In the summer of 1989, I interned with D.I.R. Broadcasting, producers of the nationally syndicated radio show, King Biscuit Flower Hour. The requirements of the internship were largely administrative, but a few weeks after I started, I was asked if I was interested in being a production assistant for Ozzy Osbourne at the Tower Theater for the first-ever King Biscuit TV concert. The job was unpaid, but it didn’t matter because I was given something that money couldn’t buy – an all-access backstage pass to the concert.
Gazing out the window as we arrived by bus at the Tower Theater in Upper Darby, PA, I was thankful that I wouldn’t have to walk through what seemed to be a pretty seedy neighborhood. Or so I thought. It didn’t take long before an arrogant, dismissive supervisor proved that production assistant was not the glamour job that I pictured in my mind. As the low men on the totem pole, a fellow intern and I were sent on a wild goose chase to buy blank tapes on a Sunday night with almost every store in the area closed. The fact that it we were on foot in a bad area was of little consequence to the supervisor.
After a fruitless, nerve-wracking search for blank tapes, I helped run some wires and then put my all-access pass to use.
The first person that I met backstage was Zakk Wylde, who had joined Ozzy a few years prior. Being hand-chosen by Ozzy at the age of 22 would give most people a huge ego, but Zakk is not most people. When I walked into the room, he was walking around strumming his trademark guitar as he sang “Welcome to the Jungle.” His singing was impressive, as was his guitar playing, but the thing that I remember most was how humble and friendly he was to me. Years later, we would get together for dinner and drinks, a story for another day.
After leaving Zakk, I made my way up a narrow flight of stairs. Even though I had an all-access pass, I kept waiting for someone to stop me as I walked into the room where Ozzy was riding a stationary bike to warm up for the concert. His hair stylist worked on his hair as he pedaled away, spraying liberal amounts of hairspray from the instantly recognizable purple can of Aussie Mega. I had never been backstage before, so I wasn’t sure what to expect, but I figured that there would be plenty of booze. There were a few beers, but mostly just bottles of water in the cooler as Ozzy was not drinking at that point.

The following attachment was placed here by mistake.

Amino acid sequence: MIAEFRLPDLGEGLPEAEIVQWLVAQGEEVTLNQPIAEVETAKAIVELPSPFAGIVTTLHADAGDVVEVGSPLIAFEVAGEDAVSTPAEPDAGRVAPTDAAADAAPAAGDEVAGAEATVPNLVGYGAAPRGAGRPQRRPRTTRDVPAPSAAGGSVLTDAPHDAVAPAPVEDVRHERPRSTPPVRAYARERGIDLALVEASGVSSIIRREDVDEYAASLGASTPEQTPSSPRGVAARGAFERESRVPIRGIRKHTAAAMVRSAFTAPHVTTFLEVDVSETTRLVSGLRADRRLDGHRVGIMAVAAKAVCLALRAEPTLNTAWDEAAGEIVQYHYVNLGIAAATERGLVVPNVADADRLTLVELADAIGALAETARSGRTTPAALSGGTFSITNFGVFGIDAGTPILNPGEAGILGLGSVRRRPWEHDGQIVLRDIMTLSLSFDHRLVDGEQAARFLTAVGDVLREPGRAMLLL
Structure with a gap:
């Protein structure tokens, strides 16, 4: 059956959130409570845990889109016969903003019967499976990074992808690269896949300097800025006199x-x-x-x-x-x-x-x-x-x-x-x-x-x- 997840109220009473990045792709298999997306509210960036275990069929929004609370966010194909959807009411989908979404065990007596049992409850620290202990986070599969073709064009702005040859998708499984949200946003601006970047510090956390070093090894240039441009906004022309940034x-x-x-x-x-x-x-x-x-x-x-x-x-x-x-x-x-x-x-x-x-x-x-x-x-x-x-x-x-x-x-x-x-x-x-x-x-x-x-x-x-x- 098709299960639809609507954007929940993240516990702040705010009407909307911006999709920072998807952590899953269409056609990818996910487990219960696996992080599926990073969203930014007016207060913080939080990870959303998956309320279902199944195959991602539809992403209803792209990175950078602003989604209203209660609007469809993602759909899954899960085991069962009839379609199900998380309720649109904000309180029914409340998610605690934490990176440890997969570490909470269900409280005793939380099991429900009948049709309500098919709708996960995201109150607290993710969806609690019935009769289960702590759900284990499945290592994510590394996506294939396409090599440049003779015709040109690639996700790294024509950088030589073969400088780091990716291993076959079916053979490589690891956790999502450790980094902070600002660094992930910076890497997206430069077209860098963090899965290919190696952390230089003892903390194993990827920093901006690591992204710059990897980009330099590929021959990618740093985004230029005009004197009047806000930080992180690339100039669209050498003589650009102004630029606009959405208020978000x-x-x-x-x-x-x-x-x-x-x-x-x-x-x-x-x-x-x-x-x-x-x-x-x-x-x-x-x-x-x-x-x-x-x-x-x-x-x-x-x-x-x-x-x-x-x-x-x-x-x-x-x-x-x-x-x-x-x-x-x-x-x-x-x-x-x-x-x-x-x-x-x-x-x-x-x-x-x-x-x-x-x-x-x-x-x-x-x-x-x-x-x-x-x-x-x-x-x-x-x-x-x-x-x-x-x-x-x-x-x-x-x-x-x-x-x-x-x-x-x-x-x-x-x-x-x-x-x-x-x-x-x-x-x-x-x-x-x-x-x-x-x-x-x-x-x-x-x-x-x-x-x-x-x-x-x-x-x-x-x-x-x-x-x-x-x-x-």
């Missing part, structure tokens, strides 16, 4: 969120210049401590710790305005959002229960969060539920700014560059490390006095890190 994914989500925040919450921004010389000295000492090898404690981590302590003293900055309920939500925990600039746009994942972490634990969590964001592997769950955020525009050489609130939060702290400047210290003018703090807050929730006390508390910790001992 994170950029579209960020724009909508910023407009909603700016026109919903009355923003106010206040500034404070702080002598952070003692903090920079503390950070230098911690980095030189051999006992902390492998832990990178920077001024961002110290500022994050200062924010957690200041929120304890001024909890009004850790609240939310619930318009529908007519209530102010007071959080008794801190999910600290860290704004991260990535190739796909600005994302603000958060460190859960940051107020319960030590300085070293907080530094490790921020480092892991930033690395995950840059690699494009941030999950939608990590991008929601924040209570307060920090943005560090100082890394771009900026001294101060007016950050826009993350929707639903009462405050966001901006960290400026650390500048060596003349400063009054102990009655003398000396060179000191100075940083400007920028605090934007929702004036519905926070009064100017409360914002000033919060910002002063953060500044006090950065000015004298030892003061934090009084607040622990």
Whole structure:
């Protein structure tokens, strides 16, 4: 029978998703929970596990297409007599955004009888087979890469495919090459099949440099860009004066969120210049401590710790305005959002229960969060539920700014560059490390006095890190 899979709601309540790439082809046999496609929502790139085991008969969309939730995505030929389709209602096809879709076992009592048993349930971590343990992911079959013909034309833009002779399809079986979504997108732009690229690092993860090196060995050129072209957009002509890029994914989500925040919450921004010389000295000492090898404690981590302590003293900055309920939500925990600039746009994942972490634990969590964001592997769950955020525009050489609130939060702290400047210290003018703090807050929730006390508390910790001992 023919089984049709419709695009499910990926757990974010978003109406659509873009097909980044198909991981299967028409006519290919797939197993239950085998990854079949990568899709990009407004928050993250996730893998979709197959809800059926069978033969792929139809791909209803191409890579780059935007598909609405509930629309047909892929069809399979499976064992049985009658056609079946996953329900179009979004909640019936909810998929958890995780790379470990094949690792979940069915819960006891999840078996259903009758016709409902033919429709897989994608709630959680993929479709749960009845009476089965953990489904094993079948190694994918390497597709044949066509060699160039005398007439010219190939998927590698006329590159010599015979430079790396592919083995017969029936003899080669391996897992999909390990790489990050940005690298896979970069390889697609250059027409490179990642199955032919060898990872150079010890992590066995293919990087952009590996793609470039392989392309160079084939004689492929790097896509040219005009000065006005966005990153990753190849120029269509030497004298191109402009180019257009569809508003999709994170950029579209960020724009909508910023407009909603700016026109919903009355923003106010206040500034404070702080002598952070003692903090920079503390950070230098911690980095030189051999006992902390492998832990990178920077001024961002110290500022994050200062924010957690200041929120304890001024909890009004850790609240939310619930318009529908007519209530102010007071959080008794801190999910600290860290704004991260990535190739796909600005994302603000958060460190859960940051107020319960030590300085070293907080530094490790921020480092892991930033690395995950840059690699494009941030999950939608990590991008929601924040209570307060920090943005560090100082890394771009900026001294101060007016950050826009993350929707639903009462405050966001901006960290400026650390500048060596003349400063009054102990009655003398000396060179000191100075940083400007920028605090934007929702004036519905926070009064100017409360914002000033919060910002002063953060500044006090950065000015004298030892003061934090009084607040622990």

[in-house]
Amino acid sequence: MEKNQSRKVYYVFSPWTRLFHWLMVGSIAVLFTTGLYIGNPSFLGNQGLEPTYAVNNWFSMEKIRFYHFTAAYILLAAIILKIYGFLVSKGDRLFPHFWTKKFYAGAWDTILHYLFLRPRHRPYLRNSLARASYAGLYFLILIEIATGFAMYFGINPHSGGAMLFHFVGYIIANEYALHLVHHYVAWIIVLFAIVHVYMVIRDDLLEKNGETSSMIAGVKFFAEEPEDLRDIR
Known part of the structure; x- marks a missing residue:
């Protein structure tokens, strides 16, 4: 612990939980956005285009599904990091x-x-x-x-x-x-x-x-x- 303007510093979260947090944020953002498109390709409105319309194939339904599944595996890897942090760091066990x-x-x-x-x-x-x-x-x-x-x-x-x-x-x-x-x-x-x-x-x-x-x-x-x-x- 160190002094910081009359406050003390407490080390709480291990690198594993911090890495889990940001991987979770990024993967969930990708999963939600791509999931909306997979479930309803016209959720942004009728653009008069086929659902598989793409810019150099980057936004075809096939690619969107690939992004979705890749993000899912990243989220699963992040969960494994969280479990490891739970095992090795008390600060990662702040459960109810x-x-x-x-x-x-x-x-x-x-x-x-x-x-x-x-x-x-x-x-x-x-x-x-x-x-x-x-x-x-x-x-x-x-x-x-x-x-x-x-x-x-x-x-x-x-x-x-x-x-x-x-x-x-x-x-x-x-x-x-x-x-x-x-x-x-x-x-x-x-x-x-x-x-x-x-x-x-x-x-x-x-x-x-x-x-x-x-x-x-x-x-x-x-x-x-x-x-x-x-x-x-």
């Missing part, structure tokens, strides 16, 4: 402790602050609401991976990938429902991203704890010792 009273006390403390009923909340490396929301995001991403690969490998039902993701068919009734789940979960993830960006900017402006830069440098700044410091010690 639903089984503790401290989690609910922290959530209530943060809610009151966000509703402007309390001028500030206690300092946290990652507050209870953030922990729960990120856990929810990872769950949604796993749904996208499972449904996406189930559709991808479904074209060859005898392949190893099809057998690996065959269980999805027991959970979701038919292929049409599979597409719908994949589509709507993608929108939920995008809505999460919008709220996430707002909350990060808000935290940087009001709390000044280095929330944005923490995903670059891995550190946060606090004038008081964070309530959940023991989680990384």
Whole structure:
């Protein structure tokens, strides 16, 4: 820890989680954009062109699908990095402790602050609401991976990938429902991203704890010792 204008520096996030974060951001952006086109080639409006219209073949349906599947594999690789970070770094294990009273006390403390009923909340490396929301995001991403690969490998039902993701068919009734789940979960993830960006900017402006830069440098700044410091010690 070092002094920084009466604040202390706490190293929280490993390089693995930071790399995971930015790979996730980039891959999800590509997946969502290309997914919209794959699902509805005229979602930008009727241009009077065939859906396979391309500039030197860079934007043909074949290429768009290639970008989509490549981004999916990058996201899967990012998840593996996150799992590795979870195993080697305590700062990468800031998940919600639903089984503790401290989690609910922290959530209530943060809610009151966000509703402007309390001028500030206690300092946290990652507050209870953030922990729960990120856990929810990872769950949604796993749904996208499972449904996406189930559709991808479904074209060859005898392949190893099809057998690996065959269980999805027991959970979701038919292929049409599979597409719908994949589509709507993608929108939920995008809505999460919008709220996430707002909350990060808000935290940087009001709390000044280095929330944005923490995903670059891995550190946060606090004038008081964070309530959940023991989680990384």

It was a surreal hard rock daddy moment being in a room with Ozzy, Sharon and their kids who were 3, 4 and 5 at the time. Two of these adorable kids would later become known to the world on The Osbournes, an MTV reality show that revealed a side of the “Prince of Darkness” that few knew existed. However, long before the Osbourne family achieved pop culture status and became a household name, I witnessed Ozzy’s childlike innocence firsthand after a concert experience that I will never forget.
The sold-out crowd of approximately 3,000 at the Tower Theater was a much smaller audience than a typical Ozzy concert. Some would call it an “intimate” crowd, but frenzied would be a much more accurate description. With the exception of Ozzy dousing me, along with the recording equipment as he threw buckets of water at the crowd during “Shot in the Dark,” things went relatively smoothly until the final encore.
As the band launched into “Crazy Train,” Ozzy motioned towards to the crowd and said “come on, everybody go crazy!” The frenzied crowd took Ozzy’s encouragement as an invitation to rush the stage (see video below). As the fans piled onto the stage, they nearly trampled me, everyone else in the pit area and the recording equipment.
Exhausted and shaken from the experience, I pulled myself together and made my way backstage. After praising Ozzy on his performance, I said “that was pretty crazy at the end of the show.” He looked at me with and with a childlike innocence said “I didn’t think that they would all come up on stage.” It was clear that he was genuinely surprised by what had just transpired.
Despite some scary moments, it was still one of the best experiences of my life.
Before that day, Ozzy seemed larger than life to me. By the time that we shook hands after the show, I realized that he was a regular guy, a loving family man who just happened to be idolized by millions of fans around the world.
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